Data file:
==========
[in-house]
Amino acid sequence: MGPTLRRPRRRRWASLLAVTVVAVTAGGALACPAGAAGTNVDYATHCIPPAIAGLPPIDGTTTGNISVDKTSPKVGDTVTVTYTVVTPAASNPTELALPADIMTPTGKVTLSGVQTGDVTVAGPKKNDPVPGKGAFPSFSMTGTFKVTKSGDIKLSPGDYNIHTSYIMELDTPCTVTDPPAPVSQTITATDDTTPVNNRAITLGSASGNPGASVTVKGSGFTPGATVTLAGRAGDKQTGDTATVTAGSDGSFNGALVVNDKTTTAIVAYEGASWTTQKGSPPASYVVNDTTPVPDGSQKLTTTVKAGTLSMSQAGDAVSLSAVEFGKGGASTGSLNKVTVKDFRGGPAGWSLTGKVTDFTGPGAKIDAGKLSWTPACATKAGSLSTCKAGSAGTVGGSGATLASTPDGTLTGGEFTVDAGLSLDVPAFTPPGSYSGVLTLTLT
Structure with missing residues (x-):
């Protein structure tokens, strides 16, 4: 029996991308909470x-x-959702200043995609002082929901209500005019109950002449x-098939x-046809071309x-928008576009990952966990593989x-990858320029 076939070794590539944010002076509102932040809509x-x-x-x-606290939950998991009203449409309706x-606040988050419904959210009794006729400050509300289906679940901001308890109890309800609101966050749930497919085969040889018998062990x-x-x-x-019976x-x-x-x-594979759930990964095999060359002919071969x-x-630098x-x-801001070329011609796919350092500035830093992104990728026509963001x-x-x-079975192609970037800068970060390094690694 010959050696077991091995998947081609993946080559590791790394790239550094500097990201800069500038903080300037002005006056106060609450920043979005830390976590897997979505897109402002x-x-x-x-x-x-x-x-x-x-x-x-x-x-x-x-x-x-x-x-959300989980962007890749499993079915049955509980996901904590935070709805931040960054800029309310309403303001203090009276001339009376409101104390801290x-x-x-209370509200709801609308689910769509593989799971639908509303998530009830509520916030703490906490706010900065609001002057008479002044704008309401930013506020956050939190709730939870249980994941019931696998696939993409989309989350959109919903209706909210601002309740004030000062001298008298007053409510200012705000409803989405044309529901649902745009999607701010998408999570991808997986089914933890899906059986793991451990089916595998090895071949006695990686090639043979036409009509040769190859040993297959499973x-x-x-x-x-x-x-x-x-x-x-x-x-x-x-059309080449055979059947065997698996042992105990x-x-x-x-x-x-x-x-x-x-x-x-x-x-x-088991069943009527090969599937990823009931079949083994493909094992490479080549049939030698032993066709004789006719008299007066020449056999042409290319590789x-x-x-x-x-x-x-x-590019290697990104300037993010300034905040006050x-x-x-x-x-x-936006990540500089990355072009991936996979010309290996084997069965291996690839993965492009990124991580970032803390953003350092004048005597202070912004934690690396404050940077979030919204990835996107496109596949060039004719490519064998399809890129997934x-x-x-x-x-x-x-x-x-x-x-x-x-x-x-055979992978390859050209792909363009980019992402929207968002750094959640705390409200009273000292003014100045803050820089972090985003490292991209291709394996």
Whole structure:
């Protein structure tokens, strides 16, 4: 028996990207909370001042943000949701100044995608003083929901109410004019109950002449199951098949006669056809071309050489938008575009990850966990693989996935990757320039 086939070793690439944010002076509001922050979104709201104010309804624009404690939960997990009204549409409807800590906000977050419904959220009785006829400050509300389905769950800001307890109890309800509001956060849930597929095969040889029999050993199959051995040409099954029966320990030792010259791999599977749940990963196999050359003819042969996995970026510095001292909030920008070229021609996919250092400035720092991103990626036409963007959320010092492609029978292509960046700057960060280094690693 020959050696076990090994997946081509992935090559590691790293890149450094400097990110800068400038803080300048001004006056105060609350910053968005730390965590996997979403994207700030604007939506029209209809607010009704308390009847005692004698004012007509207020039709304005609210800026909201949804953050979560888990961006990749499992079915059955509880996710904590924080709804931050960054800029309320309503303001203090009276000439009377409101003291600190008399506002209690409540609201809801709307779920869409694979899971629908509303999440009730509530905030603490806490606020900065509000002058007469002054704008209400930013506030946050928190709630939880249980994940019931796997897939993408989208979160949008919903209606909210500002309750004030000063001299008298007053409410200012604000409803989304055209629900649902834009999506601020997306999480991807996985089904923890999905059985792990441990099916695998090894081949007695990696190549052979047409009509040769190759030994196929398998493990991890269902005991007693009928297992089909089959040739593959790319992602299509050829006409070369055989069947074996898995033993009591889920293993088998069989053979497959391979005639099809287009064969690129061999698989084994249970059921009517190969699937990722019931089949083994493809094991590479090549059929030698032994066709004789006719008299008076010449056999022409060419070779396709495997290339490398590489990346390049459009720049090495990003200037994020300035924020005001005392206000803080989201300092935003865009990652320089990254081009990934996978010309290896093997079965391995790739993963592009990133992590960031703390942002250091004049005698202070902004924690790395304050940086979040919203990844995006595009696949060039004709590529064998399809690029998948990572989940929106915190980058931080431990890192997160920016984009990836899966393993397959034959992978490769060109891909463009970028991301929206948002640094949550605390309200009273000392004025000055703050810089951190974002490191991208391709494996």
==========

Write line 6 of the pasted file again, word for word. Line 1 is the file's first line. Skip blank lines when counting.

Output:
């Protein structure tokens, strides 16, 4: 028996990207909370001042943000949701100044995608003083929901109410004019109950002449199951098949006669056809071309050489938008575009990850966990693989996935990757320039 086939070793690439944010002076509001922050979104709201104010309804624009404690939960997990009204549409409807800590906000977050419904959220009785006829400050509300389905769950800001307890109890309800509001956060849930597929095969040889029999050993199959051995040409099954029966320990030792010259791999599977749940990963196999050359003819042969996995970026510095001292909030920008070229021609996919250092400035720092991103990626036409963007959320010092492609029978292509960046700057960060280094690693 020959050696076990090994997946081509992935090559590691790293890149450094400097990110800068400038803080300048001004006056105060609350910053968005730390965590996997979403994207700030604007939506029209209809607010009704308390009847005692004698004012007509207020039709304005609210800026909201949804953050979560888990961006990749499992079915059955509880996710904590924080709804931050960054800029309320309503303001203090009276000439009377409101003291600190008399506002209690409540609201809801709307779920869409694979899971629908509303999440009730509530905030603490806490606020900065509000002058007469002054704008209400930013506030946050928190709630939880249980994940019931796997897939993408989208979160949008919903209606909210500002309750004030000063001299008298007053409410200012604000409803989304055209629900649902834009999506601020997306999480991807996985089904923890999905059985792990441990099916695998090894081949007695990696190549052979047409009509040769190759030994196929398998493990991890269902005991007693009928297992089909089959040739593959790319992602299509050829006409070369055989069947074996898995033993009591889920293993088998069989053979497959391979005639099809287009064969690129061999698989084994249970059921009517190969699937990722019931089949083994493809094991590479090549059929030698032994066709004789006719008299008076010449056999022409060419070779396709495997290339490398590489990346390049459009720049090495990003200037994020300035924020005001005392206000803080989201300092935003865009990652320089990254081009990934996978010309290896093997079965391995790739993963592009990133992590960031703390942002250091004049005698202070902004924690790395304050940086979040919203990844995006595009696949060039004709590529064998399809690029998948990572989940929106915190980058931080431990890192997160920016984009990836899966393993397959034959992978490769060109891909463009970028991301929206948002640094949550605390309200009273000392004025000055703050810089951190974002490191991208391709494996």